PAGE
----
Google Reveals Content Governments Asked Be Removed in Latest Transparency Report

Google
People are silhouetted as they pose with laptops in front of a screen projected with a Google logo, in this picture illustration taken in Zenica October 29, 2014. Dado Ruvic/Reuters

Google released on Monday its semiannual transparency report, which for the first time included nearly 30 examples of content that dozens of governments have asked the search engine giant to remove.

Within the United States, Google revealed that the Georgia Department of Corrections asked for a YouTube video depicting inmate abuse be removed, a court requested that articles related to a Tampa pharmacist’s arrest for soliciting sex from a minor be removed and local law enforcement agencies sought the removal of YouTube videos allegedly defaming officers, to name a few. None of the above requests for content removal were granted.

Another example included 20 countries that called for the removal of YouTube video clips from the movie "Innocence of Muslims.” Google ultimately decided to restrict viewing in Indonesia, India, Jordan, Malaysia, Russia, Saudi Arabia, Singapore and Turkey, and temporarily restrict the videos in Egypt and Libya.

Overall, Google received 3,105 requests from world governments between July 2013 and December 2013 to wipe 14,367 pieces of content. In the previous 6-month allotment, from December 2012 to July 2013, 3,846 requests were made—the highest number since Google began releasing transparency reports in 2010. Overall, 2013 saw a 60 percent increase in takedown requests from 2012.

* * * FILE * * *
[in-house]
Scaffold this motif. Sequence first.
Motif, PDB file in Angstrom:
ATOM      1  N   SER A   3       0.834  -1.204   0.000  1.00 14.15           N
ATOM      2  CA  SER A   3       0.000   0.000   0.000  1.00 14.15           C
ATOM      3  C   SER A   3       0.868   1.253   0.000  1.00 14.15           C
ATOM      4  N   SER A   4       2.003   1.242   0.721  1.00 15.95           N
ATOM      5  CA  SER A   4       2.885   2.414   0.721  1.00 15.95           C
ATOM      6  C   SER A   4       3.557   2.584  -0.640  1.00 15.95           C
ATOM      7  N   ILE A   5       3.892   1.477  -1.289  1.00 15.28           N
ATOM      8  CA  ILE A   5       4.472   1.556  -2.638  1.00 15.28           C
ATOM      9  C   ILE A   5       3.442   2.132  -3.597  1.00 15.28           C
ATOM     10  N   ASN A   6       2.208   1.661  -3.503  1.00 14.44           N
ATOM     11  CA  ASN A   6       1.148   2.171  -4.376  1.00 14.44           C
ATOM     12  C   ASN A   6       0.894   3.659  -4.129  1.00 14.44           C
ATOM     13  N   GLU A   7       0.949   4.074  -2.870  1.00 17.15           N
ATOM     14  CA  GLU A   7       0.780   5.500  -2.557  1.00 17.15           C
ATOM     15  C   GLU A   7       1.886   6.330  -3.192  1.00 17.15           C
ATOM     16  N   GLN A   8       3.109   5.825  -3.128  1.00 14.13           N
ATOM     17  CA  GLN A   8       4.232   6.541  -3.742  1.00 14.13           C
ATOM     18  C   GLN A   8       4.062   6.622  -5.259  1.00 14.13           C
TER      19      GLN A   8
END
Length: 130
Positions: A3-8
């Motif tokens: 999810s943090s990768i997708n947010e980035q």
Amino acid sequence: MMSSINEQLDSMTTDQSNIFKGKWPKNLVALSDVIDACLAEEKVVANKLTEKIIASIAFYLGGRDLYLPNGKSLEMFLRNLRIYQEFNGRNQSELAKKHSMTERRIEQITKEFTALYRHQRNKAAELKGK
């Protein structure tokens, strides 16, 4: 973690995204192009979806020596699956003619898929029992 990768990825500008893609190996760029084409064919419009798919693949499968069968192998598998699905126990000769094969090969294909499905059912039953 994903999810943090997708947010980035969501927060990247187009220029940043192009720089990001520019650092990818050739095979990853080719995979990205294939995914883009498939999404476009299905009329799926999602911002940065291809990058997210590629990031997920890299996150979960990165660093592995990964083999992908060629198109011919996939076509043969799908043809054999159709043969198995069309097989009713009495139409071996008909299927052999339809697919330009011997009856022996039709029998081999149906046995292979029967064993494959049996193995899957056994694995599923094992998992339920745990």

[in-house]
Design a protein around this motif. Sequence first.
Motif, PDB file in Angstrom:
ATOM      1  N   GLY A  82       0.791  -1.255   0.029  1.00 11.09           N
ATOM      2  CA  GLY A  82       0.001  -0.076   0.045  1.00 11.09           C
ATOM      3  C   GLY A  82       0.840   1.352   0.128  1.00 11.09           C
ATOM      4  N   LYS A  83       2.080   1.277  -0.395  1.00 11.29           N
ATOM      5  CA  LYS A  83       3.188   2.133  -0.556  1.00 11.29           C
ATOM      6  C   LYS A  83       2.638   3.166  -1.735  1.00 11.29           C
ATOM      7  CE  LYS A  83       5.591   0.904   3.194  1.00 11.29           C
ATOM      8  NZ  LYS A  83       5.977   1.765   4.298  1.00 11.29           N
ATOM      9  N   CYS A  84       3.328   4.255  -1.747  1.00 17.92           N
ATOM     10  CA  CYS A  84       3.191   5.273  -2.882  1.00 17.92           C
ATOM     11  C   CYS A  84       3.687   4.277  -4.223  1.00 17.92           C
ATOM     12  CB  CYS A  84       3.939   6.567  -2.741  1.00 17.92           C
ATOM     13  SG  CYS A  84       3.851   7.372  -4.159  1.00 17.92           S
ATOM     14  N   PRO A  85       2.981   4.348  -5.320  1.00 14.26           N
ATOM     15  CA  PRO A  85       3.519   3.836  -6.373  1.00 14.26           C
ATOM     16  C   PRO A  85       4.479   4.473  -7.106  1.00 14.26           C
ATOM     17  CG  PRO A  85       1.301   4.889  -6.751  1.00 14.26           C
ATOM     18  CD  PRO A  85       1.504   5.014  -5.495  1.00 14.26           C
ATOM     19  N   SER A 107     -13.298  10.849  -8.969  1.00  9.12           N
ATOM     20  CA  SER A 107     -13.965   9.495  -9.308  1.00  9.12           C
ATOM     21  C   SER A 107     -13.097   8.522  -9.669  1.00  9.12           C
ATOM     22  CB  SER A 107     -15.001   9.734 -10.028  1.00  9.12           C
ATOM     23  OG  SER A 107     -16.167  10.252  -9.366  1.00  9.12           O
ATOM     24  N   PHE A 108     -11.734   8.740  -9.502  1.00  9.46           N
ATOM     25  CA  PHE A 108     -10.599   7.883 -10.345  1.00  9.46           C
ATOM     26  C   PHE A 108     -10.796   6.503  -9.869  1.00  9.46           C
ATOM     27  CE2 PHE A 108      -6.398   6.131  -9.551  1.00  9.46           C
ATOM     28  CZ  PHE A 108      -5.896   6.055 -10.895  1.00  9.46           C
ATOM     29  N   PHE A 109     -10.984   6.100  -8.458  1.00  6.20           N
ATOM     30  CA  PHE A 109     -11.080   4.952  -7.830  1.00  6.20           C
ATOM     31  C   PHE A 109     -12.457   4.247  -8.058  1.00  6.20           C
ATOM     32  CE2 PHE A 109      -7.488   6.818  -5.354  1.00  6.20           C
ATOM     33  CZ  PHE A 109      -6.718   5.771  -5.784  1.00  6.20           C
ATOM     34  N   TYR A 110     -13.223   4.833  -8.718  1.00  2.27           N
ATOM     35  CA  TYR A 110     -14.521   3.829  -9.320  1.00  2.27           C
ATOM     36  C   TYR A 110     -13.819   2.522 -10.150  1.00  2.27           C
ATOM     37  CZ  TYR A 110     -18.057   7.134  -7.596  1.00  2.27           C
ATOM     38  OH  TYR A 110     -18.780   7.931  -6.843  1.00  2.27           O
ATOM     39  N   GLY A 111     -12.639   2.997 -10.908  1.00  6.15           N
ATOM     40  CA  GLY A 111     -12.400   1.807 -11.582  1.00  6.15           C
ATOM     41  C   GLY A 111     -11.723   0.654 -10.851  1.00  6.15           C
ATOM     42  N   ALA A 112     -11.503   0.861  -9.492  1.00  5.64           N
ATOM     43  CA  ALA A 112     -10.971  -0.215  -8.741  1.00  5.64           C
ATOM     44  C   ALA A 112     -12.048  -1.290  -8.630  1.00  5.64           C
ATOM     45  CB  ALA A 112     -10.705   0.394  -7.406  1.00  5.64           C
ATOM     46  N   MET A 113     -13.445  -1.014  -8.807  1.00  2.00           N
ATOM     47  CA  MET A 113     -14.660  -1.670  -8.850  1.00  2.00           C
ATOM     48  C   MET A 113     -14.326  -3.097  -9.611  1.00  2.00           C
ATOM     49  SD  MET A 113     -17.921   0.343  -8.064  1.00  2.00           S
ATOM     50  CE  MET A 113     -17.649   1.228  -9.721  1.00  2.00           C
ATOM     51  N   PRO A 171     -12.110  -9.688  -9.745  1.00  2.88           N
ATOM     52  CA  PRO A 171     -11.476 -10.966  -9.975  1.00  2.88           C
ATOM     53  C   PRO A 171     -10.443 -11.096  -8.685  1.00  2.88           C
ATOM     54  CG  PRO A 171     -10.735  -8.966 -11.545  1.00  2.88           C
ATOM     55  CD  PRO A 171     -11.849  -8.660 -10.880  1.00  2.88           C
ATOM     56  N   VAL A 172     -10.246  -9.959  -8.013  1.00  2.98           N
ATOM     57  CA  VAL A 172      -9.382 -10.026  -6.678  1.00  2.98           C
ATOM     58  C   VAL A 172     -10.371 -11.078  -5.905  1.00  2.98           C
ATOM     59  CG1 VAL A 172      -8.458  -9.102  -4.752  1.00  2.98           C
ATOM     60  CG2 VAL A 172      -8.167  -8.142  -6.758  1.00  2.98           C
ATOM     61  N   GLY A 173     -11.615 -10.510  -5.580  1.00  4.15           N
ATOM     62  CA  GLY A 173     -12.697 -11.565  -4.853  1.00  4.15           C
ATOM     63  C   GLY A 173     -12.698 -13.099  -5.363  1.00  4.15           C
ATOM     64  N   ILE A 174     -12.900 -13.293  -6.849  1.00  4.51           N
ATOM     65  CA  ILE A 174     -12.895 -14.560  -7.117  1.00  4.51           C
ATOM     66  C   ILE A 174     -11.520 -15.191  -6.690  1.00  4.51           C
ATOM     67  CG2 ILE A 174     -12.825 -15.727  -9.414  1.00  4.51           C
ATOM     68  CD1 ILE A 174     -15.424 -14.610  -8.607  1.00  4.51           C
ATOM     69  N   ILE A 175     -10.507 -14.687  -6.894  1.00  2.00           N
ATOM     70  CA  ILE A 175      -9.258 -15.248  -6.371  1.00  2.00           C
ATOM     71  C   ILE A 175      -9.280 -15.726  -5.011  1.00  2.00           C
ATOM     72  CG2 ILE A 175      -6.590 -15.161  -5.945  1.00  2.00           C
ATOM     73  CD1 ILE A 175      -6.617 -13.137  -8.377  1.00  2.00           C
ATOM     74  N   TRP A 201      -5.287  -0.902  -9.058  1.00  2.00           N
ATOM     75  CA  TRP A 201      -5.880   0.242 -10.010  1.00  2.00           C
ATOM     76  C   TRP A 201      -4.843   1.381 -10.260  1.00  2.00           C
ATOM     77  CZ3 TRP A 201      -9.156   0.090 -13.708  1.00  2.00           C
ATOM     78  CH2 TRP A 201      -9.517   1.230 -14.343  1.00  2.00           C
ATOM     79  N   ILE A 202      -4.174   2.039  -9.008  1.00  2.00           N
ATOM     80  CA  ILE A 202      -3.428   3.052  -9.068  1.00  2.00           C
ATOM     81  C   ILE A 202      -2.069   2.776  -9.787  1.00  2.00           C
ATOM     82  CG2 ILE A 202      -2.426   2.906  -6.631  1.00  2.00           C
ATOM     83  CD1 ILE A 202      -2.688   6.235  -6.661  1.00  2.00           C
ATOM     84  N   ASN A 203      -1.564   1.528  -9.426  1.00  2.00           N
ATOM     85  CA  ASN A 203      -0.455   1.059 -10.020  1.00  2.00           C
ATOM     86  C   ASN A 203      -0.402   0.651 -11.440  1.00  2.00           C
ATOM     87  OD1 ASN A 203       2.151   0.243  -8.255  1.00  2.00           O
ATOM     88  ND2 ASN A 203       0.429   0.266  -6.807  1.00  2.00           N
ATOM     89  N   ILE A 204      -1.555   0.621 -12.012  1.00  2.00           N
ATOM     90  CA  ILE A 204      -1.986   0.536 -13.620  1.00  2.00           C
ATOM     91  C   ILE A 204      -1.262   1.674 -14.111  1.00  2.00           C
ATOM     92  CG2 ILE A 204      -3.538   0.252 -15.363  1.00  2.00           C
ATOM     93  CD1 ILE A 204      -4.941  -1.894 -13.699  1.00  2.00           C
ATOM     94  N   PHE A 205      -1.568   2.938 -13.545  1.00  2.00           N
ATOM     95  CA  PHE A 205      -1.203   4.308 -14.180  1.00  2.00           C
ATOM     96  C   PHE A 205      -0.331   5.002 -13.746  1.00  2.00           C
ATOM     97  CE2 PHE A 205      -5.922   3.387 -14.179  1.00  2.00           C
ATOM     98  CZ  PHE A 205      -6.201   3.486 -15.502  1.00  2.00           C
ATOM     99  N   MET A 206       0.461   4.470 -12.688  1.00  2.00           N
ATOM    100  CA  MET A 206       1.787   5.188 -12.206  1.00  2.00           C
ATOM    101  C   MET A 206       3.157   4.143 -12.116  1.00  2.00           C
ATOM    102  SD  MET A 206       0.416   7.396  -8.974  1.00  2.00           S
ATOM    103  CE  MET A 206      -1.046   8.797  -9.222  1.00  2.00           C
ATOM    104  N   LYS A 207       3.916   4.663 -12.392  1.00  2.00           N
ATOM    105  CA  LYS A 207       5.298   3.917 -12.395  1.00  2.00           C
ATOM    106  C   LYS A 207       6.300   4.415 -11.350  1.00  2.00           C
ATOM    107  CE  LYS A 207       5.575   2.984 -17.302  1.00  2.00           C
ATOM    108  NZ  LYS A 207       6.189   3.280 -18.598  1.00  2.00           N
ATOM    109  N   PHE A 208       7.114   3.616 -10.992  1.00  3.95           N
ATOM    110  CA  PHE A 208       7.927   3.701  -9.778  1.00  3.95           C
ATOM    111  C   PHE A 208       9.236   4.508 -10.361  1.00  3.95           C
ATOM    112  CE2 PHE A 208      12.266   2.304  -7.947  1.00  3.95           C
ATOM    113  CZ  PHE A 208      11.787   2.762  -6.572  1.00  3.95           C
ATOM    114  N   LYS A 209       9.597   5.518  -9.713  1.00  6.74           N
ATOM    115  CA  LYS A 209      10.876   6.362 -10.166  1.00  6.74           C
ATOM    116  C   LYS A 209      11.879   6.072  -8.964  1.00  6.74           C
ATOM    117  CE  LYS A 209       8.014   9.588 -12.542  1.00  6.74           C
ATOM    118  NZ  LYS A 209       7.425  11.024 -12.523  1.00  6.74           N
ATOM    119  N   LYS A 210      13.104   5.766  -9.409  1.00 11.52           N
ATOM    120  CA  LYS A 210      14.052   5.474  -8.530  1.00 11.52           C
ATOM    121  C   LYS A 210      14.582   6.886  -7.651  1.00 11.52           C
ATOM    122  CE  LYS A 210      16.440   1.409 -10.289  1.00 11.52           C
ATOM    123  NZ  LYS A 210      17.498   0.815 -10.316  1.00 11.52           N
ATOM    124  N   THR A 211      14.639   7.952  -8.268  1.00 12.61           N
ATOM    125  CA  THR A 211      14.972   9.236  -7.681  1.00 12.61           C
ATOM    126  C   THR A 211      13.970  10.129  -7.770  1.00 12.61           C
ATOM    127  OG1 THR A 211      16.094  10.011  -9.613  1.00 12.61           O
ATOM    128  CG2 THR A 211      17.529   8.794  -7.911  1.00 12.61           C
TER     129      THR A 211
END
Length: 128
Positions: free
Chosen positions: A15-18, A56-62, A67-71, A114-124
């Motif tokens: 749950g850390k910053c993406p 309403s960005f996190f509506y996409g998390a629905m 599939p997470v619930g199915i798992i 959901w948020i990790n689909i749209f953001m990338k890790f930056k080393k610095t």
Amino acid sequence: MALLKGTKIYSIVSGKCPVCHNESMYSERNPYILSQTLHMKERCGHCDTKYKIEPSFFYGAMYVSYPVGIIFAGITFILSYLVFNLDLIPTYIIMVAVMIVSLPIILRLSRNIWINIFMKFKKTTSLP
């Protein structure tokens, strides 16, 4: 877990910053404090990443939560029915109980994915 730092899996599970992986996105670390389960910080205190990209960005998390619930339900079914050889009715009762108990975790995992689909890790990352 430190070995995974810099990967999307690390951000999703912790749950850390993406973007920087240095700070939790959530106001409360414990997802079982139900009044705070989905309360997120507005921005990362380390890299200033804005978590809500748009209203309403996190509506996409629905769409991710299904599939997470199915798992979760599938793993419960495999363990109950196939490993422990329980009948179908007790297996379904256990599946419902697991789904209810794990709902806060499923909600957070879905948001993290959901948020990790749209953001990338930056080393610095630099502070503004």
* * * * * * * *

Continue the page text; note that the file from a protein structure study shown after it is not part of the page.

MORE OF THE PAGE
Google explained that the spike in requests in the first half of 2013 aligns with a burst of requests from Turkey, which later slowed. During the latter half of the year, requests from Italy and Thailand rose. Overall, Russia saw a 25 percent increase in requests in 2013.

Google also revealed that between July 2013 and December 2013, governments mostly requested content be removed from blogs (1,066 requests), searches (841 requests) and YouTube (765 requests). During this period, 38 percent of governments cited defamation as a reason for their request, 16 percent cited obscenity or nudity and 11 percent cited privacy or security.

“Our Transparency Report is certainly not a comprehensive view of censorship online,” Google explained in an accompanying blog post. “However, it does provide a lens on the things that governments and courts ask us to remove, underscoring the importance of transparency around the processes governing such requests.”